A seemingly indestructible Android is sent from 2029 to 1984 to assassinate a waitress, whose unborn son will lead humanity in a war against the machines, while a soldier from that war is sent to protect her at all cost
A seasoned FBI agent pursues Frank Abagnale Jr. who, before his 19th birthday, successfully forged millions of dollars' worth of checks while posing as a Pan Am pilot, a doctor, and a legal prosecutor.
A botched card game in London triggers four friends, thugs, weed-growers, hard gangsters, loan sharks and debt collectors to collide with each other in a series of unexpected events, all for the sake of weed, cash and two antique shotguns.
An unknown and lethal virus has wiped out five billion people in 1996. Only 1% of the population has survived by the year 2035, and is forced to live underground. A convict (James Cole) reluctantly volunteers to be sent back in time to 1996 to gather information about the origin of the epidemic (who he's told was spread by a mysterious "Army of the Twelve Monkeys") and locate the virus before it mutates so that scientists can study it. Unfortunately Cole is mistakenly sent to 1990, six years earlier than expected, and is arrested and locked up in a mental institution, where he meets Dr. Kathryn Railly, a psychiatrist, and Jeffrey Goines, the insane son of a famous scientist and virus expert. Written by
Giancarlo Cairella <email@example.com>
The Walters Art Museum in Baltimore, Maryland was used as the setting for the lecture during which Dr. Railly is introduced. The film opens on a closeup of The Ideal City, one of the Walters' most iconic paintings and one which Terry Gilliam really liked for the film. See more »
The spider James Cole eats is a Golden Orb Weaver or Banana Spider (Nephila Clavipes). However, that spider inhabits southern regions of the US (mainly Florida), and would never be found in cities in a northern climate like Boston. See more »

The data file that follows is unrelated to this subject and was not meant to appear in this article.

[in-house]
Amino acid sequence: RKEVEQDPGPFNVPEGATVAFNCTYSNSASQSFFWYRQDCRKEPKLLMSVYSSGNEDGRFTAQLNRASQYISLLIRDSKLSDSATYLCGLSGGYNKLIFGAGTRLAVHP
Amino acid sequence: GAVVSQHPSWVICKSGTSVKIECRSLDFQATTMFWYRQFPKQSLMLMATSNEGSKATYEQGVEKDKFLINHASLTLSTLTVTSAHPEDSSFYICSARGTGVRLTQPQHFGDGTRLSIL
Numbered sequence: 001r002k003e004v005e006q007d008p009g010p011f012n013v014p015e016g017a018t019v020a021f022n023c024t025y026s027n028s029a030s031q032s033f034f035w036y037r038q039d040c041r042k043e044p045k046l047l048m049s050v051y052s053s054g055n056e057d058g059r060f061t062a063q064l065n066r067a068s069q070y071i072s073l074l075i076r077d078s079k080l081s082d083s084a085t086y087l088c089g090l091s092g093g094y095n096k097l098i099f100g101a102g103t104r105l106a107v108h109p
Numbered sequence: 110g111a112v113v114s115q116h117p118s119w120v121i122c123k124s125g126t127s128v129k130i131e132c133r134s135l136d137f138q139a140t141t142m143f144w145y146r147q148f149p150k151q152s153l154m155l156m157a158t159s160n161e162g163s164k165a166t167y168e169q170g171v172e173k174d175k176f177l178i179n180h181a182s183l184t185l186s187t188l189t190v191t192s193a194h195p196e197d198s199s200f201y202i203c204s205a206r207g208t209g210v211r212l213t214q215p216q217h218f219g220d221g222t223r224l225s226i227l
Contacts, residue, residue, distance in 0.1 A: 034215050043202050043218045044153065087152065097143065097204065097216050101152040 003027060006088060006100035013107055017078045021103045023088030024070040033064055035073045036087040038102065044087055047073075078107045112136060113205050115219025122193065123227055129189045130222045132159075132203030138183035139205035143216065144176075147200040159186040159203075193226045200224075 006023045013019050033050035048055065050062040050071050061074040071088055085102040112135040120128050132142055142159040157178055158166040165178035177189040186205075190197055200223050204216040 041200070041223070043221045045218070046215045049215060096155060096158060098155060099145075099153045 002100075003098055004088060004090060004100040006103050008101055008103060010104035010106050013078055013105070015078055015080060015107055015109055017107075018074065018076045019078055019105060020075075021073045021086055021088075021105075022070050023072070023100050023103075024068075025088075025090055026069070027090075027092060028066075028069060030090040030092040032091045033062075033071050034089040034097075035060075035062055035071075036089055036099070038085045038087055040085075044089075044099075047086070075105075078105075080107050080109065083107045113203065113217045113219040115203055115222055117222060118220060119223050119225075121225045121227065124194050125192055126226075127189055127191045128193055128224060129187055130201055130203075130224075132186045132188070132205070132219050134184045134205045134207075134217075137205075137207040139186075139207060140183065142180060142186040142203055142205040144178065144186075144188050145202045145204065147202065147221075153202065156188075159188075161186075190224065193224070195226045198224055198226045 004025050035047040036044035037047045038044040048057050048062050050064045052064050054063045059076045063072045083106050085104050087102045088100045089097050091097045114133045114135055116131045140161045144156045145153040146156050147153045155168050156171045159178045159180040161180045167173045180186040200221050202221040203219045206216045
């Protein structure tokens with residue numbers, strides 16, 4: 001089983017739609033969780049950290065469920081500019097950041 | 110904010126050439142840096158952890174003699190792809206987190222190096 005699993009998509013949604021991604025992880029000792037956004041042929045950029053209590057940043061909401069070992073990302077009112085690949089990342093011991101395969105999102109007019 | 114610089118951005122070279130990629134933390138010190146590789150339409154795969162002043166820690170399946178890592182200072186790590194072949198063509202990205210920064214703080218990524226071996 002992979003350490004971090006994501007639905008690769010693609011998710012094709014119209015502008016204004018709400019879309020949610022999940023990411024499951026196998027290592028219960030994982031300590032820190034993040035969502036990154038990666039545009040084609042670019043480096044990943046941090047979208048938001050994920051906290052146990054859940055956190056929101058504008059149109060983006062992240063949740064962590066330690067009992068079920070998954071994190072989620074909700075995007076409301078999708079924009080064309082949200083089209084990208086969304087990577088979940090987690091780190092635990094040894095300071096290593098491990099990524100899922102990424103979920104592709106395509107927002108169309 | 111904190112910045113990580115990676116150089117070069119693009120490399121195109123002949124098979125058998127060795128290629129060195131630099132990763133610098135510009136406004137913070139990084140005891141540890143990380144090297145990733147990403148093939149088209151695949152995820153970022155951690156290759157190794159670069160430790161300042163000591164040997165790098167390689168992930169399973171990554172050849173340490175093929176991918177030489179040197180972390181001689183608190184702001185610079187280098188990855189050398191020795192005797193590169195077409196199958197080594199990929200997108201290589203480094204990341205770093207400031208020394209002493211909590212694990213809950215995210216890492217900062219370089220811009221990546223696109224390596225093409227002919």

Jose - psst! Jose, what's going on?
Bad news, man
Yeah. And they said your name.
Hey, maybe they'll give you a pardon, man.
Yeah, that's why none of the volunteers come back. They all get a pardon.
See more »
The symbol of the 12 Monkeys provides the backdrop for the opening and closing credits. See more »
A convict from the year 2035 is assigned a mission in order to win parole. He is sent back in time by a group of scientists to try and discover the source of a fatal plague that wiped out most of the human race. A plague which did not kill animals. In his travels he discovers mysterious graffiti announcing the arrival of the Army of the Twelve Monkeys.
Terry Gilliam has always been an interesting film director and visual stylist even when some of his movies are uneven. With 12 Monkeys he perhaps produces his most wholly satisfying work. It's a consistently compelling mystery within the framework of a time-travelling sci-fi narrative. It's a fairly complex story, so attention is demanded of the viewer. This is perhaps the chief strength of the film, however, as the labyrinthine narrative is one that benefits from multiple viewings. There are still some elements of ambiguity even at the end, so it's a film that actively encourages discussion.
There's a good cast too. Bruce Willis was on a bit of a run in the mid 90's and this is one of the great films he appeared in at the height of his powers. On the other hand, it's one of the first films where Brad Pitt was allowed to display his acting chops and show that he was a lot more than just a pretty face. While in visual terms, it's as interesting as you would expect from a Gilliam movie; although not as phantasmagorical as some of his more personal fantasy features. In 12 Monkeys he was a director for hire but it's not immediately obvious. Perhaps the distance this gave him actually helped instill some discipline that made the whole more cohesive on the whole. Whatever the case, this is an excellent sci-fi film with a compelling central mystery.
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